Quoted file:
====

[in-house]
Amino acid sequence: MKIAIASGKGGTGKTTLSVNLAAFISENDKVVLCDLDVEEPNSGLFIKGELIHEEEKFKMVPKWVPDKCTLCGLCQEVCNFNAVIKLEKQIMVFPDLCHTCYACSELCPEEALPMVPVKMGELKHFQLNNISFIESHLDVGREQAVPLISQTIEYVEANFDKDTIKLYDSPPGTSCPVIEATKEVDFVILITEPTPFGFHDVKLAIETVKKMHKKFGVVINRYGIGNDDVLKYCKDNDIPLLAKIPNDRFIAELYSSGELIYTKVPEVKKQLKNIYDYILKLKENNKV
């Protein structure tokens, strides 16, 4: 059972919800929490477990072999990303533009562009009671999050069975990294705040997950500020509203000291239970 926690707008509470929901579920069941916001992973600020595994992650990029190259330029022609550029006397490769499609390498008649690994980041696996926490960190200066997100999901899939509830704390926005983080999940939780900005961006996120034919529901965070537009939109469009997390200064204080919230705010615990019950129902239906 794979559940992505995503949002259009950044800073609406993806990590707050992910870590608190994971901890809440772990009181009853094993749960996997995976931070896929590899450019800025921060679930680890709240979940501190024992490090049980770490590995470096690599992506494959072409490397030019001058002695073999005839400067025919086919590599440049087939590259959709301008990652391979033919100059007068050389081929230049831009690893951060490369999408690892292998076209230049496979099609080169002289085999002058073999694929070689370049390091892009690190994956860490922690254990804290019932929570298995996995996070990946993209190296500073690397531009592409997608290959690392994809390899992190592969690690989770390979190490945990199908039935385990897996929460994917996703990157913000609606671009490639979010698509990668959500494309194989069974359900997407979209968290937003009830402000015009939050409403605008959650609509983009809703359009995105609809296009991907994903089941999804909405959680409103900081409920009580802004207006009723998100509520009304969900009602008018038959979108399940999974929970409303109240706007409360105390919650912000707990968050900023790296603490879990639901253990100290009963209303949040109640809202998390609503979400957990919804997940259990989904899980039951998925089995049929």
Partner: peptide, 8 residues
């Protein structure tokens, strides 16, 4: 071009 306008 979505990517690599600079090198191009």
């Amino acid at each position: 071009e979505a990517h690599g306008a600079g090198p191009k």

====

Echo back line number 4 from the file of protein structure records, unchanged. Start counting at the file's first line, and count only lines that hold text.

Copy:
Partner: peptide, 8 residues